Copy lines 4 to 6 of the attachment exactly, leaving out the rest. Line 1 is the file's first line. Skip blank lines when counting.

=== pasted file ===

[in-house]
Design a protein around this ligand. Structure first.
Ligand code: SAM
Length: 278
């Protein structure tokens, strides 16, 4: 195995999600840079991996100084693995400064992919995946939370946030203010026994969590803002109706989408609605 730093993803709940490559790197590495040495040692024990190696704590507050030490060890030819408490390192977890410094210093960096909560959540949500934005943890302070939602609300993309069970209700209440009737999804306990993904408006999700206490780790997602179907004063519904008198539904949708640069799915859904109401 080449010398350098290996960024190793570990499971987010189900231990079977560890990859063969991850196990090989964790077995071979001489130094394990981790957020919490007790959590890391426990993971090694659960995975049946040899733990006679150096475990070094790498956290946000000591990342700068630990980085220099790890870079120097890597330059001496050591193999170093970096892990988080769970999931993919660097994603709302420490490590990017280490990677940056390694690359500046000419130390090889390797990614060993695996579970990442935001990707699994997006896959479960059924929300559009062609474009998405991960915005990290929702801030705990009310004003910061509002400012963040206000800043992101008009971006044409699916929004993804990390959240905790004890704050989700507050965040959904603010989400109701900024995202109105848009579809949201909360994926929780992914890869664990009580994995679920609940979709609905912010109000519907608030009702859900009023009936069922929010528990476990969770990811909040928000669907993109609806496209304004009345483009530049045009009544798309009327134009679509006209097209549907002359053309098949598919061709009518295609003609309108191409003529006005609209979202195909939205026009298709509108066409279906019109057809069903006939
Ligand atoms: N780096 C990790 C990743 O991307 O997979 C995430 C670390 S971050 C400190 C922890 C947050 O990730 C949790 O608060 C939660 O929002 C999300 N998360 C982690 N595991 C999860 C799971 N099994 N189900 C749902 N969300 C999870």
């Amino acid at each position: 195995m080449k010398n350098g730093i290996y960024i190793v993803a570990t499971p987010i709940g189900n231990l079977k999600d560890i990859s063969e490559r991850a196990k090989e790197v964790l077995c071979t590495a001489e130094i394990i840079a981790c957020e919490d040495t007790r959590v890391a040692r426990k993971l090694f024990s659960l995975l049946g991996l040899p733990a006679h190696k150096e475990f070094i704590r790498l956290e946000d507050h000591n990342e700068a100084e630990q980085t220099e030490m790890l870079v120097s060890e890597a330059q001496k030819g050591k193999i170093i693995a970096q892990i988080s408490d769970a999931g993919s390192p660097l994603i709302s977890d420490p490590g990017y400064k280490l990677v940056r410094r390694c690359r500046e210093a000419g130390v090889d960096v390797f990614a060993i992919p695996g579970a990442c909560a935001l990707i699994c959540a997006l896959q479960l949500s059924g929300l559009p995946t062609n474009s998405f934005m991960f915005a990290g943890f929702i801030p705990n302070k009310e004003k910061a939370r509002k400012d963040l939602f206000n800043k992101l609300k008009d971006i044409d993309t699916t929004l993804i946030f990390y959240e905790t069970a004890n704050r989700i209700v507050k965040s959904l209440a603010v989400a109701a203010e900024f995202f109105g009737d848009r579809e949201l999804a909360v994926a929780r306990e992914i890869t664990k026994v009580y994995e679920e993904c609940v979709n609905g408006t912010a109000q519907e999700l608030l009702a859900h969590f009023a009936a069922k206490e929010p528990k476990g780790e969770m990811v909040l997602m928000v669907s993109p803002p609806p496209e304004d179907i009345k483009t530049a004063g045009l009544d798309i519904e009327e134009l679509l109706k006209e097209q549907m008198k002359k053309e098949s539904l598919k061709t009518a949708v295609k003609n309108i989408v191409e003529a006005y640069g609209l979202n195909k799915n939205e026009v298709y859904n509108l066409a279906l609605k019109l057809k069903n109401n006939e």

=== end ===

Length: 278
């Protein structure tokens, strides 16, 4: 195995999600840079991996100084693995400064992919995946939370946030203010026994969590803002109706989408609605 730093993803709940490559790197590495040495040692024990190696704590507050030490060890030819408490390192977890410094210093960096909560959540949500934005943890302070939602609300993309069970209700209440009737999804306990993904408006999700206490780790997602179907004063519904008198539904949708640069799915859904109401 080449010398350098290996960024190793570990499971987010189900231990079977560890990859063969991850196990090989964790077995071979001489130094394990981790957020919490007790959590890391426990993971090694659960995975049946040899733990006679150096475990070094790498956290946000000591990342700068630990980085220099790890870079120097890597330059001496050591193999170093970096892990988080769970999931993919660097994603709302420490490590990017280490990677940056390694690359500046000419130390090889390797990614060993695996579970990442935001990707699994997006896959479960059924929300559009062609474009998405991960915005990290929702801030705990009310004003910061509002400012963040206000800043992101008009971006044409699916929004993804990390959240905790004890704050989700507050965040959904603010989400109701900024995202109105848009579809949201909360994926929780992914890869664990009580994995679920609940979709609905912010109000519907608030009702859900009023009936069922929010528990476990969770990811909040928000669907993109609806496209304004009345483009530049045009009544798309009327134009679509006209097209549907002359053309098949598919061709009518295609003609309108191409003529006005609209979202195909939205026009298709509108066409279906019109057809069903006939
Ligand atoms: N780096 C990790 C990743 O991307 O997979 C995430 C670390 S971050 C400190 C922890 C947050 O990730 C949790 O608060 C939660 O929002 C999300 N998360 C982690 N595991 C999860 C799971 N099994 N189900 C749902 N969300 C999870």